Russian Language Blog

Unexpected Discoveries After Moving to Moscow (Part 2) Posted by on Jun 16, 2014 in Uncategorized

This post is continued from last week’s post. Read the beginning here.

3. Being Moscow-born matters

One of the things you will sometimes hear said with pride around Moscow is “Я коренной москвич/Я коренная москвичка” (I’m a native Muscovite: male/female). Коренной comes from the word корень (root). In other words, “My roots are here.” Interestingly, polls show that most people think your grandparents need to have been born in Moscow for you to be a native Muscovite.

That was the first time I had heard people emphasize being born in a specific town. There was never any talk about being native vs non-native in my hometown, Chelyabinsk. Perhaps this is a reaction to a large influx of newcomers to Moscow, who constitute 50 percent of the city’s population. A famous saying goes “Москва не резиновая,” literally, “Moscow is not made of rubber” (meaning it can’t be stretched indefinitely).

4. Street names don’t mean much

Elsewhere in Russia (with the possible exception of St. Petersburg), location is given by street name or, if it’s a very obscure street, by the neighborhood name. There are a few thousand streets in Moscow, and no one person could possibly keep track of all of them. Therefore, the primary identifier for any address is the closest metro station. So, a description of the address could be “метро Кропоткинская, улица Остоженка, дом 11.”

To make matters worse, house numeration can be fairly complex, rivaled, again, only by St. Petersburg. Instead of the usual улица (street) and проспект (avenue), you have переулок (alley), проезд (drive), тупик (dead end), etc. One дом (house) can be subdivided into different buildings called строение or корпус. Moreover, certain buildings can have 2 street numbers separated by a slash, e.g., дом 3/5 (pronounced три дробь пять) and there are also –not unique to Moscow–the good old letters that can follow the house numbers, so you can have 1a, 1б, etc.

5. Moscow accent can be quite noticeable (but not everyone does it)

When someone from outside Moscow wants to mock the Moscow accent, they stretch out their unstressed a-sounds. In most Russian accents, an unstressed а or о will be reduced both in quality and length to sound more like “uh.” So, if most people would say Москва as Musskvah, people from Moscow are more likely to say Mahskva. Until I moved to Moscow, I was convinced that this pronunciation was exaggerated and did not exist. In fact, yes, there are people who speak this way in all seriousness; they are not trying to mock you or sound whiny. To be fair, not everyone in Moscow has this accent, probably due to the large influx of people from other localities.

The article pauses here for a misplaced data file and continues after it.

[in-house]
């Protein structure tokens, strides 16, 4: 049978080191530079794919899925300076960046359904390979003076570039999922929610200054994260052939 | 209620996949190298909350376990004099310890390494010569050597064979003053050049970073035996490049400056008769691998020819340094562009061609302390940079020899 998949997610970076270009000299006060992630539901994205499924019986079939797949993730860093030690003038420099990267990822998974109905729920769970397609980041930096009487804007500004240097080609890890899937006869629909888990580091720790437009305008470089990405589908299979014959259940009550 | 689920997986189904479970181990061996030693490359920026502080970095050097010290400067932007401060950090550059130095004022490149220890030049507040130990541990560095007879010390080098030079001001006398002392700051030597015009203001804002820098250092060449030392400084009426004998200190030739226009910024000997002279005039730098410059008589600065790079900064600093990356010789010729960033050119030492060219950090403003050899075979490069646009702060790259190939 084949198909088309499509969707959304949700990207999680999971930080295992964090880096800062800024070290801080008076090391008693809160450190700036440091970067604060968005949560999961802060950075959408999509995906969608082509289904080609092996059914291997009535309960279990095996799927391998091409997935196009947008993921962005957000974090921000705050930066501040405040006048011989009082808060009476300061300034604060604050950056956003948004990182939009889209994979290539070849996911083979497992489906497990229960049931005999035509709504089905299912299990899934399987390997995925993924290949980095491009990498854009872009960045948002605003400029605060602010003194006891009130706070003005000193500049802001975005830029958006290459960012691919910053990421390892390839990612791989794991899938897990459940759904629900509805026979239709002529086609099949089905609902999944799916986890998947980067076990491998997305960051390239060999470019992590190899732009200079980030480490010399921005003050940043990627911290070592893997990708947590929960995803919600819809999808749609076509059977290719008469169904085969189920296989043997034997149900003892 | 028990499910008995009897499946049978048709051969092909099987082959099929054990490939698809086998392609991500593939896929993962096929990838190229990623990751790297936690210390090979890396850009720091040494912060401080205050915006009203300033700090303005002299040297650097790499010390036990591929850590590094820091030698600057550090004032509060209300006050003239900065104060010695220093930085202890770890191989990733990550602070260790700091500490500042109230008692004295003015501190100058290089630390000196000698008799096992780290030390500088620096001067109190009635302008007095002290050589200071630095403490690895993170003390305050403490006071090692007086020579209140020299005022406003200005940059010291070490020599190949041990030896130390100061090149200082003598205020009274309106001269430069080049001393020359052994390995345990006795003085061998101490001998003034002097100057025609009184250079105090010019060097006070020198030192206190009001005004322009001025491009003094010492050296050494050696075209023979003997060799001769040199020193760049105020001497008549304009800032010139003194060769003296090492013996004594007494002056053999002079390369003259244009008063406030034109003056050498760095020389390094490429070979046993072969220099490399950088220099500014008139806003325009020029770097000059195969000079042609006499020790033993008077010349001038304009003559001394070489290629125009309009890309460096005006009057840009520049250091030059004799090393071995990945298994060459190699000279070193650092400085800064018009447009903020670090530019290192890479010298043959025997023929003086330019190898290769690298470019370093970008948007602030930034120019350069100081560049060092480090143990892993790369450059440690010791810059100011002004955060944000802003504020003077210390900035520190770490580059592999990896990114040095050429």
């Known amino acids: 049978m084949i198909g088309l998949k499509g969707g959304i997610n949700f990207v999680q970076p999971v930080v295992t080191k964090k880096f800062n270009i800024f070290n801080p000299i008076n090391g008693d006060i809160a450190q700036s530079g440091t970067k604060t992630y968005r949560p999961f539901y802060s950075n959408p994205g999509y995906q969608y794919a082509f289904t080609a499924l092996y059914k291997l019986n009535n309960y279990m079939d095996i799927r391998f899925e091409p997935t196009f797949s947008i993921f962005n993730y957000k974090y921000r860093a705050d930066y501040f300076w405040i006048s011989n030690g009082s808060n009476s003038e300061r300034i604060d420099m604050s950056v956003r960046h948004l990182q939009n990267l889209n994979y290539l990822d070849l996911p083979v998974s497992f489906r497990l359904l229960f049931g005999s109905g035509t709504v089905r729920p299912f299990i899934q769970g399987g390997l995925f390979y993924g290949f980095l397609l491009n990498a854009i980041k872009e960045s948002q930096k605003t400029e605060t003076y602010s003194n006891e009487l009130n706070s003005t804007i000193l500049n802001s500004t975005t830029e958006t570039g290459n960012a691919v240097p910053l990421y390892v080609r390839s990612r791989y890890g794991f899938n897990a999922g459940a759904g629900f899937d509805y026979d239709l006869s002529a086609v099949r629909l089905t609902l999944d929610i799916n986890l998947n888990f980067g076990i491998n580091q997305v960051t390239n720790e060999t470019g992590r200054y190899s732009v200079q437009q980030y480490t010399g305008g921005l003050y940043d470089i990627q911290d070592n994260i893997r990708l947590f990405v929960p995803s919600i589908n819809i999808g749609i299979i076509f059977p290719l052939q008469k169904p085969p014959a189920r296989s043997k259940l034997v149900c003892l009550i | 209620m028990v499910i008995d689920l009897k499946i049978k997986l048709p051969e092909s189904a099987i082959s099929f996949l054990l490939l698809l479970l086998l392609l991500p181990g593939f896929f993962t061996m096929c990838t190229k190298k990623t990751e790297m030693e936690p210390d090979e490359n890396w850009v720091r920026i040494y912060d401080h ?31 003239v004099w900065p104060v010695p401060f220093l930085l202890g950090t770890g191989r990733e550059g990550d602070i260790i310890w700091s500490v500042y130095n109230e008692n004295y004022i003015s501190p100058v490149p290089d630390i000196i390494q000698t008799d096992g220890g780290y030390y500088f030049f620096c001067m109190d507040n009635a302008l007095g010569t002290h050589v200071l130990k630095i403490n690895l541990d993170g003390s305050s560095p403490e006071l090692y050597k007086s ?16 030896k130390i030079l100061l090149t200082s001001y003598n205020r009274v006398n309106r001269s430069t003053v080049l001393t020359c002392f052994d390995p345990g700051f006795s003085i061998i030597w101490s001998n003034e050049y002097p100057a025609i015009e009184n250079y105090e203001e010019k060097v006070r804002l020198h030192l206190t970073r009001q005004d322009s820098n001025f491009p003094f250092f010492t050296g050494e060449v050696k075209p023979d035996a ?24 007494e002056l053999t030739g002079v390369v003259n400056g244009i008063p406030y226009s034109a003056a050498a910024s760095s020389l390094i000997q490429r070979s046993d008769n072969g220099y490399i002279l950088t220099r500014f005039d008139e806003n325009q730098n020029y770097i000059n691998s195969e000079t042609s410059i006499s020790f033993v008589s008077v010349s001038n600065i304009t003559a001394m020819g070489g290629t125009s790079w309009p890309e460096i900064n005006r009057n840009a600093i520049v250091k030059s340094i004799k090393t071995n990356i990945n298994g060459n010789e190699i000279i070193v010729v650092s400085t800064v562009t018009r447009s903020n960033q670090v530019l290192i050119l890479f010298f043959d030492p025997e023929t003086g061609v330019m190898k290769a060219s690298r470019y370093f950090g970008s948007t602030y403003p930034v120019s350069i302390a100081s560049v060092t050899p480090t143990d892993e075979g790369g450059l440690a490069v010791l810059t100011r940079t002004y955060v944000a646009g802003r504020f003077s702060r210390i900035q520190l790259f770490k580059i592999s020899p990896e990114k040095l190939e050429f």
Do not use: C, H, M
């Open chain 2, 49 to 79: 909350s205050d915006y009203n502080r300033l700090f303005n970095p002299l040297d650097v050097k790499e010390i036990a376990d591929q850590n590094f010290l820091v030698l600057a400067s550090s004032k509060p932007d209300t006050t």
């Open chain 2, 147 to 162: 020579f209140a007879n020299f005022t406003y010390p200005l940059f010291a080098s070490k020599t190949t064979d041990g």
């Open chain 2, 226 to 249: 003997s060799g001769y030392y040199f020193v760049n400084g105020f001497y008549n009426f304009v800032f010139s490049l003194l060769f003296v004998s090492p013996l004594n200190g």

What things jumped out at you when you visited or moved to Moscow? I think mine stem from not knowing much about Moscow before my move and also having unrealistic expectations. I ended up liking my time there, but that city surely takes some adjusting.

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About the Author: Maria

Maria is a Russian-born translator from Western New York. She is excited to share her fascination with all things Russian on this blog. Maria's professional updates are available in English on her website and Twitter and in Russian on Telegram.


  1. Arne Seim:

    I dont know if you tried to be polite,but Moscowitsh are looked upon as snobbs from the rest of the country.You get hiher pension and higher service than rest of the country.
    If you are a moscowitch by generation you are proud of it and will stick in anyones face if they belive you dont know)))
    Lived in Moscow from -95 till-00 and been back and till several times.You right about the dialekt you spot a Moscowitch any where in the country and they are proud of that))Its the prapiska,you cant live anywhere without one,and to get one in Moscow is the most expensive in the country.Thats why many get prapiska in the subburbs and trvel in and out to work)

    • Maria:

      @Arne Seim Arne, thanks for your comment. Luckily, as I soon find out not everyone in Moscow shares this sentiment, but you definitely run into this type. I was surprised at this regional-level chauvinism. You usually only see it on the national level.